Leadership Lessons from Paul Bahler: Plan for the Worst, Hope for the Best

I’ve been working with Paul Bahler at IGS for almost 4 years. During a majority of that time, Paul has lead our IT Operations team which includes Database Administration and DevOps. I’ve seen Paul lead our department of over 125 talented individuals through major accomplishments and incredibly difficult situations. Regardless of the outcome, I manage to learn something from Paul’s years of experience.

When I think back about the key lessons that I’ve learned from Paul, the first story that jumps out was when we were in the process of launching a new website. This launch involved using technology that the team was unfamiliar with and we had encountered several unforeseen issues. In short, we were behind schedule and in danger of missing a critical deadline that had been communicated externally.

In a situation where deadlines will likely be missed, people have a tendency to still move towards the happy path. One of the key lessons I learned from Paul during this issue was how quickly he forced all of us to consider what failure would look like. Instead of simply pressing forward and hoping for the best, Paul asked us to come up with a contingency plan in case we were unable to hit the deadline. Based on the information we discussed, we realized that failure was not an option for our team but we learned that we could make some concessions in an effort to reduce some of our workload until after the launch.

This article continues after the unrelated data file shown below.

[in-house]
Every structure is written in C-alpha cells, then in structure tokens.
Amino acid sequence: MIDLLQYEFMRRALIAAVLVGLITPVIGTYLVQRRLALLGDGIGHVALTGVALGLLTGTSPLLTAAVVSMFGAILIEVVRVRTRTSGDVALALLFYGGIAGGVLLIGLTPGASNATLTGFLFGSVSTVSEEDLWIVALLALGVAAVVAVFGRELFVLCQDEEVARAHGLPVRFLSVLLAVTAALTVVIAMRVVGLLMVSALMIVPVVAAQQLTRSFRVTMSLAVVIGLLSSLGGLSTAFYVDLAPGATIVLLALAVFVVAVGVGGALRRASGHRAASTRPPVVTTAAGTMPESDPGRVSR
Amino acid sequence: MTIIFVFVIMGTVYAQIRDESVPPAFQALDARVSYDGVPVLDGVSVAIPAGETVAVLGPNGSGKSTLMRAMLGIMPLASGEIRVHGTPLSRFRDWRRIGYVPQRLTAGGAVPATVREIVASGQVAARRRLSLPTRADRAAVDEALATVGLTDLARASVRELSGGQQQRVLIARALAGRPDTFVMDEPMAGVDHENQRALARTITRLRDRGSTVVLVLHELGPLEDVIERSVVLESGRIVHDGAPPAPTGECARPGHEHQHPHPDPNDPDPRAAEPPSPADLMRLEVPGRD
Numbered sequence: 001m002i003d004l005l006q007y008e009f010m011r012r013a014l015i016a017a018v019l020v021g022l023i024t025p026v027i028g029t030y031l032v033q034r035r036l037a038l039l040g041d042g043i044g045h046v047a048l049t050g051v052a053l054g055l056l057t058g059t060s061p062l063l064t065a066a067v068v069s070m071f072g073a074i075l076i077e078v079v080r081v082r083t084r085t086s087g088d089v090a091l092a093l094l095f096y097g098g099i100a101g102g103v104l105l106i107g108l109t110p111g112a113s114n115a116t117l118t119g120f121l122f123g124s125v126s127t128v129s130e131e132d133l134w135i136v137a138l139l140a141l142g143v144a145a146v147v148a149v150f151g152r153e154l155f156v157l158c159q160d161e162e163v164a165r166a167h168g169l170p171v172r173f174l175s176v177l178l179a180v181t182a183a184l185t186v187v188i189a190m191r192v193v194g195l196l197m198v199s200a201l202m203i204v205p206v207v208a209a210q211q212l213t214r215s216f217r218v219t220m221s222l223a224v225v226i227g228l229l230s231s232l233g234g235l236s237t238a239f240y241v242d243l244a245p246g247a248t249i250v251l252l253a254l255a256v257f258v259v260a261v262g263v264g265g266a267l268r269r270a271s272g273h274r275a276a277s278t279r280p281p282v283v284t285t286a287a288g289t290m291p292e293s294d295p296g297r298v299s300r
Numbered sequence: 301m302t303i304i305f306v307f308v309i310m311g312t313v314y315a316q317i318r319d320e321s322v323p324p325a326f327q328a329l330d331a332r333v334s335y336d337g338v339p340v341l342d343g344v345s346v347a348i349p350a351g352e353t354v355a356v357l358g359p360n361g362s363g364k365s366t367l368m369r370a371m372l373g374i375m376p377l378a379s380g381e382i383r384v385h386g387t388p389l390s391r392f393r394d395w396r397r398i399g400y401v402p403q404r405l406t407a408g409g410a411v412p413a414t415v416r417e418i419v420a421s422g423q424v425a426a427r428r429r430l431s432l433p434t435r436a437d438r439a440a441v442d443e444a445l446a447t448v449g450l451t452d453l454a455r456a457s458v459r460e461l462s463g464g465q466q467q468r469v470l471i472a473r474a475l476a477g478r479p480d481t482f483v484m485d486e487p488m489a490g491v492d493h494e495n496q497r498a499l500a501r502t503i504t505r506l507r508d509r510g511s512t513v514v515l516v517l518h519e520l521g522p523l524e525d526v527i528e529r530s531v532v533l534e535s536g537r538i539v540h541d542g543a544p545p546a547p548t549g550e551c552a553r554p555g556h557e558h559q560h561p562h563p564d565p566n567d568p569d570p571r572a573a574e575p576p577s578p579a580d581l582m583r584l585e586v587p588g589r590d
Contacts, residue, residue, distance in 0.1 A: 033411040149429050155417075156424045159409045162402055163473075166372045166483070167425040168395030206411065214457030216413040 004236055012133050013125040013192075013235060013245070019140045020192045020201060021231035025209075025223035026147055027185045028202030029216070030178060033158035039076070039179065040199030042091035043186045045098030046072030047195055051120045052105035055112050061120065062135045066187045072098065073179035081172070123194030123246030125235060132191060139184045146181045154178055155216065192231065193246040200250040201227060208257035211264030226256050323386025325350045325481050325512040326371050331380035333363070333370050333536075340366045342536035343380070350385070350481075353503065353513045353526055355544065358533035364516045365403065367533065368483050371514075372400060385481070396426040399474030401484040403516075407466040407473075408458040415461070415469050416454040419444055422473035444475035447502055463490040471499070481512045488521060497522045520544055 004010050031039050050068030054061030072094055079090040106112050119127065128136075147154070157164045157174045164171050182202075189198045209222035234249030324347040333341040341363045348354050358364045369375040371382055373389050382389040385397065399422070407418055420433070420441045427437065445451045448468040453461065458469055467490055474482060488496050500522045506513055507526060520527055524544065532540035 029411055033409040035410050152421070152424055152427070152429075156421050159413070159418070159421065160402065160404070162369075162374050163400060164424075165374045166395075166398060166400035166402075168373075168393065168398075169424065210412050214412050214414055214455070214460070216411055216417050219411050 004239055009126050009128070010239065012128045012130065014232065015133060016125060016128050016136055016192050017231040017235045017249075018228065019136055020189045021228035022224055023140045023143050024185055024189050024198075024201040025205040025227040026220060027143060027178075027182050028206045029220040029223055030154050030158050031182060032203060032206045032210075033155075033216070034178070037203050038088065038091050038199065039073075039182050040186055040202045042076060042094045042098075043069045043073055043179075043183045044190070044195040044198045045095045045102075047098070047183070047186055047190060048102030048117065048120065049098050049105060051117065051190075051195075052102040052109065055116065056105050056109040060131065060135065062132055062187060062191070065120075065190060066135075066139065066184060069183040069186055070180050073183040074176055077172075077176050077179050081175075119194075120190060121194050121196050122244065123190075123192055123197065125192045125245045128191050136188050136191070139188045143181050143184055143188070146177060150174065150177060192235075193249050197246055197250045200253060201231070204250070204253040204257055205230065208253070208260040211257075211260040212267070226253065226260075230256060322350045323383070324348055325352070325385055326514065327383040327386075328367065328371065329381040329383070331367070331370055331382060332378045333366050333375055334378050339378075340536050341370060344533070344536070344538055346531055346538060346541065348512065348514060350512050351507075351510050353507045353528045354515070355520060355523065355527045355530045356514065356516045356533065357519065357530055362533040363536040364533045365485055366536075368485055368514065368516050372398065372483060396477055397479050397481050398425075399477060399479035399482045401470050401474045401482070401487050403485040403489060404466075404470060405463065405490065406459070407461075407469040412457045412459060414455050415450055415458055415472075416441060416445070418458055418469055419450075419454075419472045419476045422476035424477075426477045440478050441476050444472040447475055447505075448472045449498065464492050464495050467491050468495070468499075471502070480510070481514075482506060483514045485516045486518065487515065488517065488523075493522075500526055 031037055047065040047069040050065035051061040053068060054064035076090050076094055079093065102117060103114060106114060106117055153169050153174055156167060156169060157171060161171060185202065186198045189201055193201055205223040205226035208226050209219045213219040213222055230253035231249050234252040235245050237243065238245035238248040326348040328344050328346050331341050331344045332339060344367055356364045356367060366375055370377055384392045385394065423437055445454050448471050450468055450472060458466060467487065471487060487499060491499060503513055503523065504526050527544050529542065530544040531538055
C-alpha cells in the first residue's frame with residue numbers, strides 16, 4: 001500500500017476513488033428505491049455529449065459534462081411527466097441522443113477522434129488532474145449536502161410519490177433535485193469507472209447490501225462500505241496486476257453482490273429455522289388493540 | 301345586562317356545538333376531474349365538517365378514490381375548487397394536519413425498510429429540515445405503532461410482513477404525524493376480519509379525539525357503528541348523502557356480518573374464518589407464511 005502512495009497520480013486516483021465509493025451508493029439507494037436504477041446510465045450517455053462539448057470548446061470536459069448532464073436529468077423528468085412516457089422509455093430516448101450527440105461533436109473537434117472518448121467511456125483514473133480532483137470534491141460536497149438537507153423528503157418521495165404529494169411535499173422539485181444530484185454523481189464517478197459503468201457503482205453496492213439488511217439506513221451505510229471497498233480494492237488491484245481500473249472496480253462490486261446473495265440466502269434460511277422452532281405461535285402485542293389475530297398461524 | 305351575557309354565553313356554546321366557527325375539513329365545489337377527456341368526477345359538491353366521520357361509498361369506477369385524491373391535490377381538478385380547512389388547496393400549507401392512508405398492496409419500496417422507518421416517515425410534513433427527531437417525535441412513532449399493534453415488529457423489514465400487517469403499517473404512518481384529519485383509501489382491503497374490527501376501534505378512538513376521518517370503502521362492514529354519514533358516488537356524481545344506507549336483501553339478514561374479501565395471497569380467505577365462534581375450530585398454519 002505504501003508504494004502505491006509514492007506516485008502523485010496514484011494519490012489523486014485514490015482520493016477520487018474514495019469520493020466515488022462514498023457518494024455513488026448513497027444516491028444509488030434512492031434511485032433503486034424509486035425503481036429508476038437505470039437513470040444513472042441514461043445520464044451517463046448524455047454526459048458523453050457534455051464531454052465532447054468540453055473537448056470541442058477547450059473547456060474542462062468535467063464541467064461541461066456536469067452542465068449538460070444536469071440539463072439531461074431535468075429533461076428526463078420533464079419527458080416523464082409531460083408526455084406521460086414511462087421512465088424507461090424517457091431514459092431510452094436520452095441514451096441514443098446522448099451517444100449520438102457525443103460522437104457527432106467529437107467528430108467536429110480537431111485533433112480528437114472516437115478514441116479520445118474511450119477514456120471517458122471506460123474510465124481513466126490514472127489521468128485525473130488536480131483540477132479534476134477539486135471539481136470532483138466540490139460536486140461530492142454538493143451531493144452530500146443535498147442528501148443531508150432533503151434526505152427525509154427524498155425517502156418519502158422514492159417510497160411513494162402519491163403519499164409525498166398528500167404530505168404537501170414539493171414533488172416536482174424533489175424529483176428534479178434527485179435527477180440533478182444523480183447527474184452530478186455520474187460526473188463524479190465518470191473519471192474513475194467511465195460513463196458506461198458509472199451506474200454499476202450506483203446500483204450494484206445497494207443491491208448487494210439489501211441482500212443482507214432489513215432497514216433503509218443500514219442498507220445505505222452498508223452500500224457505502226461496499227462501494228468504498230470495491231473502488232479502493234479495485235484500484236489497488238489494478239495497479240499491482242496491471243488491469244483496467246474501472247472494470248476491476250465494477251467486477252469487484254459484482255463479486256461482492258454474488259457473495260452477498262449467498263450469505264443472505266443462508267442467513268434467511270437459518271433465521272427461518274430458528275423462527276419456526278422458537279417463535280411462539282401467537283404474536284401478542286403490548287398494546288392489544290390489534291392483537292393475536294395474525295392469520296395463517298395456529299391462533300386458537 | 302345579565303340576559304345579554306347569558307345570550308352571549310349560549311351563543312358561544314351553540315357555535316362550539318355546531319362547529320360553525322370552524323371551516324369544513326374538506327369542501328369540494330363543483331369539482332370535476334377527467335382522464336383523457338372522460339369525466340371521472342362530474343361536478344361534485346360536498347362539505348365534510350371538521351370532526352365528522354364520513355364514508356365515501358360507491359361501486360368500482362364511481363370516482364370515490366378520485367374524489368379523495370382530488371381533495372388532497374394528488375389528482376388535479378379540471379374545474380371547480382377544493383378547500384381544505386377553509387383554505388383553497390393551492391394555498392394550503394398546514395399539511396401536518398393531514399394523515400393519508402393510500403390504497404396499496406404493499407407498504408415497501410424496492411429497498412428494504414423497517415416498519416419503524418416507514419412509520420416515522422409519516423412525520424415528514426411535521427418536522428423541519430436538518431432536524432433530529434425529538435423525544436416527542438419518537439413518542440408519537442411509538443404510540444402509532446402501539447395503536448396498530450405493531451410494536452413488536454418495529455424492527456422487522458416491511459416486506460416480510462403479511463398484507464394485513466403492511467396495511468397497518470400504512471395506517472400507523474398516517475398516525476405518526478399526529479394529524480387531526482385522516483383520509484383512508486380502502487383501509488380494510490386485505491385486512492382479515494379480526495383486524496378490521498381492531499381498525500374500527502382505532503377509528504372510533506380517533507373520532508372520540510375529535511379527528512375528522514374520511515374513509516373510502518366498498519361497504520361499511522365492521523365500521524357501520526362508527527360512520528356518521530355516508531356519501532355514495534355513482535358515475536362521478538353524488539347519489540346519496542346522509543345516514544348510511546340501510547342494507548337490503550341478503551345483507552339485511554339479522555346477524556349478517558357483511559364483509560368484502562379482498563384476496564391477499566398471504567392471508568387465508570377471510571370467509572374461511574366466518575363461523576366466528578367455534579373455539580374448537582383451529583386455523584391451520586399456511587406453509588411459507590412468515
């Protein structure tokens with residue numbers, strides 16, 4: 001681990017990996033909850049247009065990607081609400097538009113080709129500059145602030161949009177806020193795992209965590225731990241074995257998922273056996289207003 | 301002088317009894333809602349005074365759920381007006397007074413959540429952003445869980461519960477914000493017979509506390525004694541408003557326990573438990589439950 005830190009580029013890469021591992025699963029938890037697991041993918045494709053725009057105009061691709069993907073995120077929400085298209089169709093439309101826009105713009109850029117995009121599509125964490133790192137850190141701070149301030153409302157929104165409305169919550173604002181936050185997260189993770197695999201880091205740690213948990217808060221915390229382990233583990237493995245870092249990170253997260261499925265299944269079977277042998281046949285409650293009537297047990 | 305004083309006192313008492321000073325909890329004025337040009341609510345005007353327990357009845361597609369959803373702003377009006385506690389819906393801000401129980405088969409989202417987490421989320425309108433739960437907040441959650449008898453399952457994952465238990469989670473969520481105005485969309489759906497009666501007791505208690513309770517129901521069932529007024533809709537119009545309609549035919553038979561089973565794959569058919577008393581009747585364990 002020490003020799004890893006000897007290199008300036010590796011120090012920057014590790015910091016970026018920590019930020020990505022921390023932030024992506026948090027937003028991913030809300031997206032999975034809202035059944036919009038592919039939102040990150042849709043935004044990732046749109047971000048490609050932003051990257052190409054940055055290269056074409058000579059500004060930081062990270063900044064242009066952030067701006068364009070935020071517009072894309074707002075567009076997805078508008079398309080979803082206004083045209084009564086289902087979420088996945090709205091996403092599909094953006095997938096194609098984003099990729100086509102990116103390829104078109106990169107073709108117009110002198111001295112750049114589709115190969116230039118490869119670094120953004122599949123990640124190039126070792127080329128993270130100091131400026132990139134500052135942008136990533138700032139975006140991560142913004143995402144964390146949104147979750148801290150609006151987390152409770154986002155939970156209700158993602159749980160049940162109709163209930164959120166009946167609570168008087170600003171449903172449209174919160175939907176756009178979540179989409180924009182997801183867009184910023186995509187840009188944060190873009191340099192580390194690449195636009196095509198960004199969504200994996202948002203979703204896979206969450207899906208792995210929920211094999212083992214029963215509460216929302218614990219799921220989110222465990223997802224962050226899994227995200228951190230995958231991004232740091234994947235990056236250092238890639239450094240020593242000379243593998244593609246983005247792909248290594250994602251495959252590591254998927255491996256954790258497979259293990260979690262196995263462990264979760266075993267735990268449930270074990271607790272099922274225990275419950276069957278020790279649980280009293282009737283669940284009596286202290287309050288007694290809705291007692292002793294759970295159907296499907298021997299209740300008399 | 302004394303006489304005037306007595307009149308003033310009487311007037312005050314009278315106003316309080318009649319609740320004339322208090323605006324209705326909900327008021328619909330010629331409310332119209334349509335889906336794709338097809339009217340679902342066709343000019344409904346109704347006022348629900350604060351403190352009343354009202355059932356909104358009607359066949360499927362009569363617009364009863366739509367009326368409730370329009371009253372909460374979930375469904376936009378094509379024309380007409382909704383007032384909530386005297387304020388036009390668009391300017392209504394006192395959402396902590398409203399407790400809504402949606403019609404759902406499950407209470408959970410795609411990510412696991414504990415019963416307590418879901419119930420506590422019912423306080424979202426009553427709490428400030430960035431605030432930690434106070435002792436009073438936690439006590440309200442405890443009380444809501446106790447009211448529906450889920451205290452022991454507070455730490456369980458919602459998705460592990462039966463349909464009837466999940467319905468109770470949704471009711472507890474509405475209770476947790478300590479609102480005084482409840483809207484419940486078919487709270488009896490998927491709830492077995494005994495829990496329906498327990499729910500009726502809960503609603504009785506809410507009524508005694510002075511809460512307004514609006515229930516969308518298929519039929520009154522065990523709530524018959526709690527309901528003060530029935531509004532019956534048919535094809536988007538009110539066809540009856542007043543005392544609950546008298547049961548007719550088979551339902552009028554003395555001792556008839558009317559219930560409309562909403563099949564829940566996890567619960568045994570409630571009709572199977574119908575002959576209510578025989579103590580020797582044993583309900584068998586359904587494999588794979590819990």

The prospects of missing a deadline and/or cutting corners increased the tensions among the team. At the first inkling of conflict and finger pointing, Paul immediately squashed it. He didn’t dismiss the fact that we needed to make improvements to ensure that we didn’t find ourselves in this same situation during our next big project. Instead of looking back at the root cause of our problems before even we completed the project, Paul suggested that we hold a formal “retro” at the conclusion.

Fortunately, we launched the website on time and without any major hiccups. The project team met at a restaurant a few weeks after the site went online. We discussed what went well and most importantly the areas we could improve. I remember walking away from that meeting feeling a lot closer to the team along with a sense of what I could do better next time.

While I hope I don’t have to use these lessons in contingency planning and continuous improvement anytime soon, I’m really glad I have gained this perspective from Paul and look forward to working with him for years to come.

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